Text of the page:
The National Survey of Latinos is a nationally representative survey of Hispanic adults conducted annually since 2002 by the Pew Research Center. The NSL explores the attitudes and opinions of the nation’s fast growing Latino population on topics ranging from identity to politics to immigration policy to education to religion and health care, among others.

To download the dataset for NSL surveys, visit our Data and Resources page.

Multi-section ReportsOctober 11, 2016

Democrats Maintain Edge as Party ‘More Concerned’ for Latinos, but Views Similar to 2012

75% have discussed Trump’s comments about Hispanics in the past year

Multi-section ReportsJuly 20, 2016

Digital Divide Narrows for Latinos as More Spanish Speakers and Immigrants Go Online

Broadband use little changed in recent years among Hispanics

Multi-section ReportsJune 8, 2016

Latinos Increasingly Confident in Personal Finances, See Better Economic Times Ahead

Yet many economic indicators show few gains for the community since the Great Recession

Multi-section ReportsOctober 22, 2013

Three-Fourths of Hispanics Say Their Community Needs a Leader

Most Latinos Cannot Name One

Multi-section ReportsJuly 23, 2013

A Growing Share of Latinos Get Their News in English

The language of news media consumption is changing for Hispanics: a growing share of Latino adults are consuming news in English from television, print, radio and internet outlets, and a declining share are doing so in Spanish, according to survey findings from the Pew Research Center.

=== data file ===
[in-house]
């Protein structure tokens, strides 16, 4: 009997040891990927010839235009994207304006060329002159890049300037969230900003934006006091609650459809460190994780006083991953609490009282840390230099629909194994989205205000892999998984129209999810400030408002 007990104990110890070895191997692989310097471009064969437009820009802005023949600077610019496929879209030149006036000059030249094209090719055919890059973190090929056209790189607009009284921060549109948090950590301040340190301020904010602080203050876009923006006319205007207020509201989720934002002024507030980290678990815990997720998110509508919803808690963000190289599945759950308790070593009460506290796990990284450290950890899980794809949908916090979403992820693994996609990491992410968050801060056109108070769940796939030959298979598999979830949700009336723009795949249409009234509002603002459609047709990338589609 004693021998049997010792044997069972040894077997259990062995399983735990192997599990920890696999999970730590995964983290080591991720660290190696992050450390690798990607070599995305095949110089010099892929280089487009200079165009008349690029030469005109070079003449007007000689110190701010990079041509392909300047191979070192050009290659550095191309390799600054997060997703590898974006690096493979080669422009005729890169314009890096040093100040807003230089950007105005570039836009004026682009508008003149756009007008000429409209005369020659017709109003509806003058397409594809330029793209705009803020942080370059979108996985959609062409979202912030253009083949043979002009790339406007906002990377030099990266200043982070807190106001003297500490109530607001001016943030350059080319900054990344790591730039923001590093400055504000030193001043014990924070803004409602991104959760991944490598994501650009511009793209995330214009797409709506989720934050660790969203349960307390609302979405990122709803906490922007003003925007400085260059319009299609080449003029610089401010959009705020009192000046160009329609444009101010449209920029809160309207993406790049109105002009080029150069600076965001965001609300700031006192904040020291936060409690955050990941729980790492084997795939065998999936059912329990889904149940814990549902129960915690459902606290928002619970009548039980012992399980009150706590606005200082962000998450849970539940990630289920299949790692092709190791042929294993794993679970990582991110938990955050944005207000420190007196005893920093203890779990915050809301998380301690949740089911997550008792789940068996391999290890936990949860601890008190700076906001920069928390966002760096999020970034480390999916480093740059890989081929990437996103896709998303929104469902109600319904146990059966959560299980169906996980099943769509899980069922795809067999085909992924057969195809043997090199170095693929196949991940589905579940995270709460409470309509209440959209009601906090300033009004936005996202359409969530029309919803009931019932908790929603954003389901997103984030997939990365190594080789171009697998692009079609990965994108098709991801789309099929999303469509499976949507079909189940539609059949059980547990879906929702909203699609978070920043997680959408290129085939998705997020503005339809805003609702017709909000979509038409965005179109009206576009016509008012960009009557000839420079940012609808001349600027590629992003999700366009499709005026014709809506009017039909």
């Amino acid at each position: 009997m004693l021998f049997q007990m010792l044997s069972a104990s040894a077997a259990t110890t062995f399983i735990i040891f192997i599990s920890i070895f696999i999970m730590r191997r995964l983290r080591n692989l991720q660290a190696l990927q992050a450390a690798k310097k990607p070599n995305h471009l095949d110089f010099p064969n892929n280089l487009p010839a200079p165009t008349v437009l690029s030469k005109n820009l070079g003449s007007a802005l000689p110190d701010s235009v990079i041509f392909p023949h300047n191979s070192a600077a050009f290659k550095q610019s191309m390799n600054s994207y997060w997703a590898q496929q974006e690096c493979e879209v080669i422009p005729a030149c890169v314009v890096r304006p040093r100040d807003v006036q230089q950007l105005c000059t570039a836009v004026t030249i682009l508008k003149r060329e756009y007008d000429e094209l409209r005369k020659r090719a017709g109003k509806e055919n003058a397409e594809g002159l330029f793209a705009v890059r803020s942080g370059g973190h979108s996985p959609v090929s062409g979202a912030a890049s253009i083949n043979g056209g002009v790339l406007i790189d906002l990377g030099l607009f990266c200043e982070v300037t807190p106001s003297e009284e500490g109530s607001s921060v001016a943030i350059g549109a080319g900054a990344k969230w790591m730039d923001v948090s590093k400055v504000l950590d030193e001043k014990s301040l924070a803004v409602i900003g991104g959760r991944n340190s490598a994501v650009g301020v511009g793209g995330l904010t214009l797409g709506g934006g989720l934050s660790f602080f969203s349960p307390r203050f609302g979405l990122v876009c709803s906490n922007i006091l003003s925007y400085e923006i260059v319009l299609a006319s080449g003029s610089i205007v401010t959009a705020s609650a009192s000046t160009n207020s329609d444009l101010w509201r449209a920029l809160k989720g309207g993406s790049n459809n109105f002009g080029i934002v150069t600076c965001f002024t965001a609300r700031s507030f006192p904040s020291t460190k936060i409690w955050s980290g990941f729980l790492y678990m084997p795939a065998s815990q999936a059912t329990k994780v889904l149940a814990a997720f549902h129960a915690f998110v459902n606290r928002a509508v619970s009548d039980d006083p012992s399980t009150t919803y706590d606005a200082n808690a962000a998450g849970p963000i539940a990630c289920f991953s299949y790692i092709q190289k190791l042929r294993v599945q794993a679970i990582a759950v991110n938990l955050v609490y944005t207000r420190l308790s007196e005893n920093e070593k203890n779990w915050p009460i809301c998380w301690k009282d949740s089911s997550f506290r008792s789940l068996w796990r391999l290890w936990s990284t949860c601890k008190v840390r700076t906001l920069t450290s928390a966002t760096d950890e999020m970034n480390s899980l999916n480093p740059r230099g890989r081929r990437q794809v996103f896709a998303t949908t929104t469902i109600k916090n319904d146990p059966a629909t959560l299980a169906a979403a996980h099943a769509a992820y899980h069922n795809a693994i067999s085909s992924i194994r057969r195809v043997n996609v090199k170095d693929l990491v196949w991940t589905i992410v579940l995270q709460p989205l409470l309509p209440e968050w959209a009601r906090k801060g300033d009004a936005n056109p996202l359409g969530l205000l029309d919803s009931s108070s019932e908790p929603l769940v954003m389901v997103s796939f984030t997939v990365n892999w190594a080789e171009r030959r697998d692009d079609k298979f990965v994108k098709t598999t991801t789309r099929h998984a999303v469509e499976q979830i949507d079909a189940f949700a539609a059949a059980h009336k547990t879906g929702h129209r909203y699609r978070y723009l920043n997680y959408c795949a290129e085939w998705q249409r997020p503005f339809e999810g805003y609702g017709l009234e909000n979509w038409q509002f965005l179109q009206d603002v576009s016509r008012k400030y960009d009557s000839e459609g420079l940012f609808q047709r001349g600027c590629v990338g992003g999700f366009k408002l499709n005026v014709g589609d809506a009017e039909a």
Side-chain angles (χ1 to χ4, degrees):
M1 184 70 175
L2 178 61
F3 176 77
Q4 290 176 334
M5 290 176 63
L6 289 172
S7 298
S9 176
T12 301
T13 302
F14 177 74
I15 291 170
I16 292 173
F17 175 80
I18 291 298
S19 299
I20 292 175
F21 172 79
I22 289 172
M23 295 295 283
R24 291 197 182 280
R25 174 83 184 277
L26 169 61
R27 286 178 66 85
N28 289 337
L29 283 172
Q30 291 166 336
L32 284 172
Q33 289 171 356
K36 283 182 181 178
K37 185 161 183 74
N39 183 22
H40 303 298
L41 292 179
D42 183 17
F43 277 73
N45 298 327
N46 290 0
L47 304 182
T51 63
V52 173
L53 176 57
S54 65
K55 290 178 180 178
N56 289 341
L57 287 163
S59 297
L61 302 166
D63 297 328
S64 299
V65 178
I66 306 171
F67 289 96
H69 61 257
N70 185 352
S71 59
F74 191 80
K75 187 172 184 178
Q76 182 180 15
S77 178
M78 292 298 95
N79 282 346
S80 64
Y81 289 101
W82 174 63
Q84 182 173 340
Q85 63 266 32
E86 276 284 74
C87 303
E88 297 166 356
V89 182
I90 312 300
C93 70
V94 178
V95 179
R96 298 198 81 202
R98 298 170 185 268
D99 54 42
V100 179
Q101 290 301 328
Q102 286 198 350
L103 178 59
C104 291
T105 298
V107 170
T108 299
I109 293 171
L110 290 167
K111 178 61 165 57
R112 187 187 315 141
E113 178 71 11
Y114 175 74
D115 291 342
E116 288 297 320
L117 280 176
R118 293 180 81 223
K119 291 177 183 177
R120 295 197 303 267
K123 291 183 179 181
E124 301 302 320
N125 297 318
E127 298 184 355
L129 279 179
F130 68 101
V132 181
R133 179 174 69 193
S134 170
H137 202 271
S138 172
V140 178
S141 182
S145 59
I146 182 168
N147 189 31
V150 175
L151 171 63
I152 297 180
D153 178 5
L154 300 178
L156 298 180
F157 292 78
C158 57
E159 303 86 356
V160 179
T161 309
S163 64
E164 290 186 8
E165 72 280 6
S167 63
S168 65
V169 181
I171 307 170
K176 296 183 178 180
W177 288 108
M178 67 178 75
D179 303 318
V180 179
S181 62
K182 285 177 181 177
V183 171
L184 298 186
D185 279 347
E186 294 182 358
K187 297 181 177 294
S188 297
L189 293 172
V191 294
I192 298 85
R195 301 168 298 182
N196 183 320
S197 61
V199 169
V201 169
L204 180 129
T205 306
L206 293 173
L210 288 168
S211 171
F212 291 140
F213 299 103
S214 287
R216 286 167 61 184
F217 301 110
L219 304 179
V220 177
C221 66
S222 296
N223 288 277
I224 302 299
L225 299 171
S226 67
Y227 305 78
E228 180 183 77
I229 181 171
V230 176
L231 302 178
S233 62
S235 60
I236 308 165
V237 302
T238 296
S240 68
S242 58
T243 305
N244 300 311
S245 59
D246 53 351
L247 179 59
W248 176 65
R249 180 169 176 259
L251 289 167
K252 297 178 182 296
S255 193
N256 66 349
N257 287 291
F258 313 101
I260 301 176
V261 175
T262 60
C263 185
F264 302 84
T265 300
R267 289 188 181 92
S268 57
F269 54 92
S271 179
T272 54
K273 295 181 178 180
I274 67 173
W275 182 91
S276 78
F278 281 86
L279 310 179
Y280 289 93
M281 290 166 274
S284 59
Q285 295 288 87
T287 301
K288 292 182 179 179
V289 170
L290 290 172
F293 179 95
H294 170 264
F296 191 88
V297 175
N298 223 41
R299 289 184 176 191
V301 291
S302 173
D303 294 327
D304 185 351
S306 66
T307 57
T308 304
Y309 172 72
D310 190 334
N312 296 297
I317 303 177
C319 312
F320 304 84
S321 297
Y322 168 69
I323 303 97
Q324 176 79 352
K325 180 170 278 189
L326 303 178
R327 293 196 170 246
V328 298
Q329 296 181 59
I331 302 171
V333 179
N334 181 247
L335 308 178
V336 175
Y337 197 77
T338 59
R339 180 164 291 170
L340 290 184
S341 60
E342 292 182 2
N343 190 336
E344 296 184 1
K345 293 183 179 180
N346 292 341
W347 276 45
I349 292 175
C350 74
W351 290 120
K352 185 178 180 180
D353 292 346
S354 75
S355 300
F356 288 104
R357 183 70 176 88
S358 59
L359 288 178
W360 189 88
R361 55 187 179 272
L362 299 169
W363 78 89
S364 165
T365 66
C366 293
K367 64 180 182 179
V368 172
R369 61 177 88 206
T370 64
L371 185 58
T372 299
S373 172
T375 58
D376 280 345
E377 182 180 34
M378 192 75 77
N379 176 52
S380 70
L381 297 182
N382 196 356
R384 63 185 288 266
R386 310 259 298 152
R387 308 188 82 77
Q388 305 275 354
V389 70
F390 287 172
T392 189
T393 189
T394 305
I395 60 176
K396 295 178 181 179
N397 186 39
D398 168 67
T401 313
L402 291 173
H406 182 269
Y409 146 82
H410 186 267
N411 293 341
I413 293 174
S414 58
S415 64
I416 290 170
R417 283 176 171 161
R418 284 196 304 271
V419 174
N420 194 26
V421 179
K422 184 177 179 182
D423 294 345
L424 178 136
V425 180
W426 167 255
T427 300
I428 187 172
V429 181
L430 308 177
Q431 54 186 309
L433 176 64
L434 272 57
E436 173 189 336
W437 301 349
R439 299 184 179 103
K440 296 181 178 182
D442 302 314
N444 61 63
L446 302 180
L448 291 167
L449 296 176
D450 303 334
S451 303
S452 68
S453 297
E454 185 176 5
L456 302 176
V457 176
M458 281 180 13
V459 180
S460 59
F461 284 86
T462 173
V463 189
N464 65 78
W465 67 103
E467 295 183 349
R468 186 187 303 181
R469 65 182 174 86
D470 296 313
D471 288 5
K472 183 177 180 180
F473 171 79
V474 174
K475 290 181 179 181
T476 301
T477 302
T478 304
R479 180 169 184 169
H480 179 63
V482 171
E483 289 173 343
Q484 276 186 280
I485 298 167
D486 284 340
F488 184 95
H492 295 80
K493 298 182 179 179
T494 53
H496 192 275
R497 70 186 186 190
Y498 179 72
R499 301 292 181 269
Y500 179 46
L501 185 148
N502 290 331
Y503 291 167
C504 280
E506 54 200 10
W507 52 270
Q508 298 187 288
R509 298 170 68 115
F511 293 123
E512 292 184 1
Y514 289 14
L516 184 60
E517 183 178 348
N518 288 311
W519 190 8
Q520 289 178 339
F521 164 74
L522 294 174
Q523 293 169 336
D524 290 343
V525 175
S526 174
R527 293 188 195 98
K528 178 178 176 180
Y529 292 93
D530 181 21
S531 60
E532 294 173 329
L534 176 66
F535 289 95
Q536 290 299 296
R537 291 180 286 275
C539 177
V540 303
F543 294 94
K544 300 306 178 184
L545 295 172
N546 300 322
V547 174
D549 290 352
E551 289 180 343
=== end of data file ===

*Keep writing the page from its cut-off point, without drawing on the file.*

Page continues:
Multi-section ReportsMarch 7, 2013

Closing the Digital Divide: Latinos and Technology Adoption

Multi-section ReportsFebruary 4, 2013

The Path Not Taken

Two-thirds of Legal Mexican Immigrants are not U.S. Citizens

Multi-section ReportsNovember 14, 2012

An Awakened Giant: The Hispanic Electorate is Likely to Double by 2030

Aging, Naturalization and Immigration Will Drive Growth

Multi-section ReportsNovember 2, 2012

Latinos Express Growing Confidence In Personal Finances, Nation’s Direction

Multi-section ReportsOctober 11, 2012

Latino Voters Support Obama by 3-1 Ratio, But Are Less Certain than Others about Voting

Latino registered voters prefer President Barack Obama over Republican challenger Mitt Romney by 69% to 21% and express growing satisfaction with the direction of the nation and the state of their personal finances but are somewhat less certain than non-Hispanics that they will vote in this election, according to a new nationwide survey of 1,765 Latinos.